- What trail running gear do I need?
- What to keep in mind on the trails?
FIND A TRAIL AND PICK A ROUTE
Some trails are printed on maps at park entrances and some aren’t. Some are well-maintained and others less so, but discovering new trails is one of the exciting aspects of trail running. When running on a trail for the first time, sometimes you just don’t know what’s ahead of you, and that can be scary, too.
To help you be more comfortable and safer exploring the trails around where you live, here are a few ideas to get you going if you aren’t sure where to start:
ESSENTIAL TRAIL RUNNING GEAR
Since trail running is a bit different from road running, you’ll need to bring along a few essentials. This will ensure you’re as safe and comfortable out on the trail as possible.
Here are a few items you should consider:
1. Smart Phone
For those rare instances when you may get lost or injured on the trail, a smart phone will allow you to reach out for help when needed. It will also allow you to communicate with loved ones to let them know when you expect to be back.
When you’re venturing off into an area that may provide limited connection to your smartphone, bringing along a trail map is a good backup plan.
3. Hydration Pack
On longer runs, keeping your energy stores topped off is a must. And since there likely won’t be any water fountains on the trail to hydrate, you’ll need to carry water too. A hydration pack made for trail running will allow you to carry all of your essentials easily.
4. Trail running shoes
Dedicated trail running shoes will give you more traction and stability over rough surfaces while also protecting your feet from sharp rocks and other hazards.
5. Wind breaker
The weather on trails, particularly at elevation, can change quickly. Packing a light windbreaker in your hydration pack can save you when the weather is colder than you expect.
6. GPS Watch
In addition to tracking your running metrics – like distance, pace, calorie burn and heart rate – an outdoor GPS watch can provide you with a long battery life, altimeter, route planning and fueling guidance. This can make or break your trail running experience.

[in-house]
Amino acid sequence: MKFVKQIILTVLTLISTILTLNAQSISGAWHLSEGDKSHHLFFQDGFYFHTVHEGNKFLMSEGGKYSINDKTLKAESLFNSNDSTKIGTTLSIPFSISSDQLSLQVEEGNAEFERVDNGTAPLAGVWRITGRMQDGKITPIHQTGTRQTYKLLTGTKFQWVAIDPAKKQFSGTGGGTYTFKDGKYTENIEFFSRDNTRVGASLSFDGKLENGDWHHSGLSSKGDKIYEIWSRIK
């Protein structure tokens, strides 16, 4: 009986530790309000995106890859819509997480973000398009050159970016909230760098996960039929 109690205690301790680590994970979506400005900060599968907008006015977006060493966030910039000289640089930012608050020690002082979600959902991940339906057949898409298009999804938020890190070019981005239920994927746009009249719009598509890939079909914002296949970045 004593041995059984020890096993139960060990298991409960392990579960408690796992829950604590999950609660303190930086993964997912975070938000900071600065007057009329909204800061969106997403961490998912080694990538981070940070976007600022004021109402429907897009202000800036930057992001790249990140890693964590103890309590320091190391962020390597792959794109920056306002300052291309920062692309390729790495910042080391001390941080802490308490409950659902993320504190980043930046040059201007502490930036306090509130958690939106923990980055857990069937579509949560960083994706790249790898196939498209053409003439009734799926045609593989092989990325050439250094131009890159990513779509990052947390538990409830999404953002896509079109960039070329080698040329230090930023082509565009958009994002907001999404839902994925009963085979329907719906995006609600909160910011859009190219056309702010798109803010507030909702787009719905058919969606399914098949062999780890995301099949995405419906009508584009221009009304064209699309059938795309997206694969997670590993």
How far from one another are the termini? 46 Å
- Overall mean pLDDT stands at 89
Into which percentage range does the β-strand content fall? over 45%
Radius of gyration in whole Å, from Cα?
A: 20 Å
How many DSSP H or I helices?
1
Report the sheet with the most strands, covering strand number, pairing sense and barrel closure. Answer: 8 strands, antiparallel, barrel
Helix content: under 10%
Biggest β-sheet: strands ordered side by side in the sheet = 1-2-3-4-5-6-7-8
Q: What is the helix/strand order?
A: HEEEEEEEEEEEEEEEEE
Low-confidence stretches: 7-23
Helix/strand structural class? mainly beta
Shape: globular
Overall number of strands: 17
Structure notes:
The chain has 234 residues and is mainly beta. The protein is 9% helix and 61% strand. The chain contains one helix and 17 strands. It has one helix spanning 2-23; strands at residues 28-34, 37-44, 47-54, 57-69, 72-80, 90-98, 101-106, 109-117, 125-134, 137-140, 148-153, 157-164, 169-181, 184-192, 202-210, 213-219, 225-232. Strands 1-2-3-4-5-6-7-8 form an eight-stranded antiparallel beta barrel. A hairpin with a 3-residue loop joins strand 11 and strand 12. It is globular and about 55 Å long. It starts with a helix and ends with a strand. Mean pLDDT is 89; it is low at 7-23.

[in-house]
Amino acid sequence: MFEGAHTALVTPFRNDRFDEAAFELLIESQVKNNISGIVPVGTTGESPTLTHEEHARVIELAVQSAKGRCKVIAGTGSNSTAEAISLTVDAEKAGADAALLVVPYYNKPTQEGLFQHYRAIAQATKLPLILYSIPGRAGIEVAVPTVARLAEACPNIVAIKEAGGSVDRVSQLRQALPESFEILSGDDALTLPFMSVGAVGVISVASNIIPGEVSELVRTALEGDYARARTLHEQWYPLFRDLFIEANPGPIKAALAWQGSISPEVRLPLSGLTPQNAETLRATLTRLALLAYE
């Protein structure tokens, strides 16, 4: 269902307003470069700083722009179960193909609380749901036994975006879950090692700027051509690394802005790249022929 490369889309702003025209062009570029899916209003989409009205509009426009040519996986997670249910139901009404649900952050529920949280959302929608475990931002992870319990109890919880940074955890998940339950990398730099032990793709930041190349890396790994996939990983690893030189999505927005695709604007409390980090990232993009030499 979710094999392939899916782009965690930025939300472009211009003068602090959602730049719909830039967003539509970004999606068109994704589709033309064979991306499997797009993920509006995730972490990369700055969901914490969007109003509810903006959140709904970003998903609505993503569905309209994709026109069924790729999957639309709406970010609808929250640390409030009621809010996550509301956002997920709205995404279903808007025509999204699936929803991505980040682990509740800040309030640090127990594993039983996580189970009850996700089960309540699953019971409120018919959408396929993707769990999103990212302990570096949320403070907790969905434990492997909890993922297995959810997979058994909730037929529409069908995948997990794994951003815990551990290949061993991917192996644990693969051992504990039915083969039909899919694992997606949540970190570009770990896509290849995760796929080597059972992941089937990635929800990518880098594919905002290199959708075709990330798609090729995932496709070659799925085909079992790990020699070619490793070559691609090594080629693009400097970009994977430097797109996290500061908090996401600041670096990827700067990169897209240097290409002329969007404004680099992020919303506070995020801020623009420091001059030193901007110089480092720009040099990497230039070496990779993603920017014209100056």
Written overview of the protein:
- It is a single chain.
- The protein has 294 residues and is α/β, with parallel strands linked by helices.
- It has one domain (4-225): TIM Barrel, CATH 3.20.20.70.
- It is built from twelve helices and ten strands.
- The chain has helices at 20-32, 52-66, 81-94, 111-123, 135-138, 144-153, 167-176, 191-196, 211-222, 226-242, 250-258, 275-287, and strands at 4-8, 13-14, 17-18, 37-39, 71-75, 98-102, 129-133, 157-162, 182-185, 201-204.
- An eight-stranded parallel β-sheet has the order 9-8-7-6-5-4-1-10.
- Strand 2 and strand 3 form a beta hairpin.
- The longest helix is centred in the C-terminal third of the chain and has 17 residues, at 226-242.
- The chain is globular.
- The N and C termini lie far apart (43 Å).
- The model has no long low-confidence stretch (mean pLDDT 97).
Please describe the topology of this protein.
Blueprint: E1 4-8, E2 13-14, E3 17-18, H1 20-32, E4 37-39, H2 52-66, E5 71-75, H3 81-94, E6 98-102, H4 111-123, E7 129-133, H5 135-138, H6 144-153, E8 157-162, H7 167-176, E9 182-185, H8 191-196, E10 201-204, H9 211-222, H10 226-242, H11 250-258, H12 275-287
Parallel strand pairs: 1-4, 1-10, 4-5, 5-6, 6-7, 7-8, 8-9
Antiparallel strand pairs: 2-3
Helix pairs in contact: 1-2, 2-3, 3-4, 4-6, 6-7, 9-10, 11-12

KEEP IN MIND ON THE TRAILS
You can always slow down.
The terrain turns out to be very technical, don’t be afraid of slowing down and walking.
It’s not about speed.
Going fast is not at the heart of trail running. Take your time and enjoy the activity instead of focusing on your speed.
According to runner Michael Wardian, trail running doesn’t have to be complicated. Here are his tips to keep trail running simple:
1. Bring water, food and lighting
If you’re doing a longer trail run, take a pack to carry water, a headlamp (when visibility is low) and food – but again, you can do most of your trail runs in whatever you were wearing on the roads.
2. Find a trail running group
When getting started with trail running, it makes sense to find a trail running group and explore the trails with company. Sometimes the environment can look the same and you can find yourself lost.
3. Get familiar with trail markings
Find out how trails are marked and what different trail markings mean. Then, get out there to explore and enjoy.
How To Improve Trail Running
Eventually, you’ll begin to progress from the beginner stage of trail running and move on to bigger goals. These can include things like improving your trail running technique, running farther or faster or completing your first trail race or ultra.
While trail running is technically running, it’s a different sport than road running. This means that if you’re looking at the performance side of things, you’ll need to take a slightly different approach to your training routine.
To help you run farther and faster, you can and should adjust your trail running workouts with these tips.
Including hill repeats is a necessary evil if you want to get better at.
Almost all trails and trail races will force you to climb. Improving your technique and fitness on hills is one area where most runners have room for improvement.
To get started, pick a moderate hill on one of your current routes:
- Try to find a section that’s technical and has a moderate gradient that forces you to make decisions.
- Focus on the uphill section five times and walk down.
- Follow this by walking to the top five times and running down.
This will not only improve your fitness but also boost your confidence to handle technical terrain safely.